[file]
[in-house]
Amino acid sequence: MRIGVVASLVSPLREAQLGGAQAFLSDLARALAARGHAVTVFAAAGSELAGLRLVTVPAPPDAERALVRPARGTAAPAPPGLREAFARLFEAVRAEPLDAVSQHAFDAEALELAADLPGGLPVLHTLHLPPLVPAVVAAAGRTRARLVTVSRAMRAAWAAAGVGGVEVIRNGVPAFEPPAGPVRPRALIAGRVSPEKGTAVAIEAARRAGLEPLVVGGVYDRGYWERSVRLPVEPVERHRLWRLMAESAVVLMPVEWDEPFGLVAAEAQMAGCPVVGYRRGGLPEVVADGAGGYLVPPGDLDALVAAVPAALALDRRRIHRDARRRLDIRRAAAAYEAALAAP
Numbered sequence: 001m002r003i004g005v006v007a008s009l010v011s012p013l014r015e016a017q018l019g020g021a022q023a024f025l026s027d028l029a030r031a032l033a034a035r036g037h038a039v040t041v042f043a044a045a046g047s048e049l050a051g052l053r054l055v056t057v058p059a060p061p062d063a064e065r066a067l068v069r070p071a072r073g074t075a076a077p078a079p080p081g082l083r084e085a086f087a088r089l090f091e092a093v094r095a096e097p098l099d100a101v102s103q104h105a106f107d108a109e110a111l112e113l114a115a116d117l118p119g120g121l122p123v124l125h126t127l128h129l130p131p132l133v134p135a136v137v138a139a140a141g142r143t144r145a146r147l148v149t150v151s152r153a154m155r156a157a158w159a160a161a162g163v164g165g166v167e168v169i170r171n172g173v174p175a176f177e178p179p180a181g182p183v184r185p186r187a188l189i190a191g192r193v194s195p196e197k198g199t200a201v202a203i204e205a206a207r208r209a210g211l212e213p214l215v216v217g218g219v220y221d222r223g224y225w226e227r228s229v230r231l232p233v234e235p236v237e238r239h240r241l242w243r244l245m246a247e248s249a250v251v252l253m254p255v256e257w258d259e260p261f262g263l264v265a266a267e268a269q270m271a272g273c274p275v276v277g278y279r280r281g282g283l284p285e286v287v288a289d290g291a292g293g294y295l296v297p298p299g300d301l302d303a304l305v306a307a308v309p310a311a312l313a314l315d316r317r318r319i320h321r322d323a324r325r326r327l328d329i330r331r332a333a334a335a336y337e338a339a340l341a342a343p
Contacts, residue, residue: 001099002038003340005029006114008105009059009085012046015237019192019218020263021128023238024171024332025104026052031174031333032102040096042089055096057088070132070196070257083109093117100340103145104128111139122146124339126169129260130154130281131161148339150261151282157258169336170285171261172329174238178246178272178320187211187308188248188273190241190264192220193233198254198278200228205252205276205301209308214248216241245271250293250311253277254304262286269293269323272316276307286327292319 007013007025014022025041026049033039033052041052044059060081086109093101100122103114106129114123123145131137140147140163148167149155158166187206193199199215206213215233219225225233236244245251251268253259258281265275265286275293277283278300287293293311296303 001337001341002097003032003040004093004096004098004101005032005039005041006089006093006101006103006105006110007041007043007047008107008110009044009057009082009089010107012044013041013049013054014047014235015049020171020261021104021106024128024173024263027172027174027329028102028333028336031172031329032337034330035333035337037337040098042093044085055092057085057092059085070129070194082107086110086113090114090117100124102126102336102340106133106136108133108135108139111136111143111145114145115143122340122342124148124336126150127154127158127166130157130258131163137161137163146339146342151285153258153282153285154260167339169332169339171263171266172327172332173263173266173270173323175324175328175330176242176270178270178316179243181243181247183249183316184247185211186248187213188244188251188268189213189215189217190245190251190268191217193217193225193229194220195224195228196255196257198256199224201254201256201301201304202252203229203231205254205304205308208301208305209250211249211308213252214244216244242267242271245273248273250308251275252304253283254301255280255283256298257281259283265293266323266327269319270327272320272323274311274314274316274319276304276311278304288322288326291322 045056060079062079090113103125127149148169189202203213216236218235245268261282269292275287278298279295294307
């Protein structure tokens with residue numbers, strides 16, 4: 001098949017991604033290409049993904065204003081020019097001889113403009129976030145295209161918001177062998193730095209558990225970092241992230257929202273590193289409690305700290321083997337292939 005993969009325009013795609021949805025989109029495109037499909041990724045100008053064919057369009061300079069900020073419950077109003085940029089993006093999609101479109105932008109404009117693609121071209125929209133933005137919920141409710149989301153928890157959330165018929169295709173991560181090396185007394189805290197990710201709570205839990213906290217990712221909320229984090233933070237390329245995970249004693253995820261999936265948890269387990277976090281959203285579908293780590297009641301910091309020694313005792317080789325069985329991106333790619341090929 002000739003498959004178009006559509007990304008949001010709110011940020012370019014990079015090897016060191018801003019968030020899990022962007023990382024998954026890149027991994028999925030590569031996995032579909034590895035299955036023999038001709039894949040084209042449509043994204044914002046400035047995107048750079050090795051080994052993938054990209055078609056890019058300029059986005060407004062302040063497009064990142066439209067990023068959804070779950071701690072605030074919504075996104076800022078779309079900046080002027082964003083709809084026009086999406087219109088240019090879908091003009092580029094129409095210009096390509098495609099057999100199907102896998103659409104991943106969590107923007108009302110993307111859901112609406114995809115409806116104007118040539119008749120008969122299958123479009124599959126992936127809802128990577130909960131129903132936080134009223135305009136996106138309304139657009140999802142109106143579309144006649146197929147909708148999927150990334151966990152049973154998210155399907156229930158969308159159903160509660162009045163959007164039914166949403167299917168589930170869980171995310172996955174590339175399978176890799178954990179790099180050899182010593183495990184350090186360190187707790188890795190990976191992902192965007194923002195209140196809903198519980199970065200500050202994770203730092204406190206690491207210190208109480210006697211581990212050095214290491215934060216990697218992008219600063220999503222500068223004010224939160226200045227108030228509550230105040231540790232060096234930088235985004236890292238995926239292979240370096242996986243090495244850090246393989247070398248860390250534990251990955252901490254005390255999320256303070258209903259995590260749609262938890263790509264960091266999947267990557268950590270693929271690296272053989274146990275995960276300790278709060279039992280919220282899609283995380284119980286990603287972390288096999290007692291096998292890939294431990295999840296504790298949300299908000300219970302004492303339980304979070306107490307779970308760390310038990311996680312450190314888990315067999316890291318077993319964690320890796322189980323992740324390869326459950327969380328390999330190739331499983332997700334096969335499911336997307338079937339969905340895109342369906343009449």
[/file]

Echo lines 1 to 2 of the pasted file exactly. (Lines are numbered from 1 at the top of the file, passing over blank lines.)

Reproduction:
[in-house]
Amino acid sequence: MRIGVVASLVSPLREAQLGGAQAFLSDLARALAARGHAVTVFAAAGSELAGLRLVTVPAPPDAERALVRPARGTAAPAPPGLREAFARLFEAVRAEPLDAVSQHAFDAEALELAADLPGGLPVLHTLHLPPLVPAVVAAAGRTRARLVTVSRAMRAAWAAAGVGGVEVIRNGVPAFEPPAGPVRPRALIAGRVSPEKGTAVAIEAARRAGLEPLVVGGVYDRGYWERSVRLPVEPVERHRLWRLMAESAVVLMPVEWDEPFGLVAAEAQMAGCPVVGYRRGGLPEVVADGAGGYLVPPGDLDALVAAVPAALALDRRRIHRDARRRLDIRRAAAAYEAALAAP